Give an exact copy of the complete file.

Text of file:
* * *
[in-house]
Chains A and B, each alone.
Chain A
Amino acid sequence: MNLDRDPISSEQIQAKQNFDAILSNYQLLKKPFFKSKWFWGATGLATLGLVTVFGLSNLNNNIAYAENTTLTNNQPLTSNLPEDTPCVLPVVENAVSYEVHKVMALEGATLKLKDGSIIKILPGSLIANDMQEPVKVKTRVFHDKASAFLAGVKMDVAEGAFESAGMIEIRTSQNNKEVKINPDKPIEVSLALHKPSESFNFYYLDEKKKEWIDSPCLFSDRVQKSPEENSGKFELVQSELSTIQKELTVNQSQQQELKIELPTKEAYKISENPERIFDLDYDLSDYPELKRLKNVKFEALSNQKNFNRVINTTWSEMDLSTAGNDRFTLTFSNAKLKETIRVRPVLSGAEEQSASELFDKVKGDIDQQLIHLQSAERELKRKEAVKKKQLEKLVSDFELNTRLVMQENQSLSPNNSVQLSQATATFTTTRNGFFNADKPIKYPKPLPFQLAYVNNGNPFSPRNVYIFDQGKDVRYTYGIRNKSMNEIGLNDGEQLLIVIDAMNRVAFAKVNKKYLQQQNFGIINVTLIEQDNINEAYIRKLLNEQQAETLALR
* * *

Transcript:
[in-house]
Chains A and B, each alone.
Chain A
Amino acid sequence: MNLDRDPISSEQIQAKQNFDAILSNYQLLKKPFFKSKWFWGATGLATLGLVTVFGLSNLNNNIAYAENTTLTNNQPLTSNLPEDTPCVLPVVENAVSYEVHKVMALEGATLKLKDGSIIKILPGSLIANDMQEPVKVKTRVFHDKASAFLAGVKMDVAEGAFESAGMIEIRTSQNNKEVKINPDKPIEVSLALHKPSESFNFYYLDEKKKEWIDSPCLFSDRVQKSPEENSGKFELVQSELSTIQKELTVNQSQQQELKIELPTKEAYKISENPERIFDLDYDLSDYPELKRLKNVKFEALSNQKNFNRVINTTWSEMDLSTAGNDRFTLTFSNAKLKETIRVRPVLSGAEEQSASELFDKVKGDIDQQLIHLQSAERELKRKEAVKKKQLEKLVSDFELNTRLVMQENQSLSPNNSVQLSQATATFTTTRNGFFNADKPIKYPKPLPFQLAYVNNGNPFSPRNVYIFDQGKDVRYTYGIRNKSMNEIGLNDGEQLLIVIDAMNRVAFAKVNKKYLQQQNFGIINVTLIEQDNINEAYIRKLLNEQQAETLALR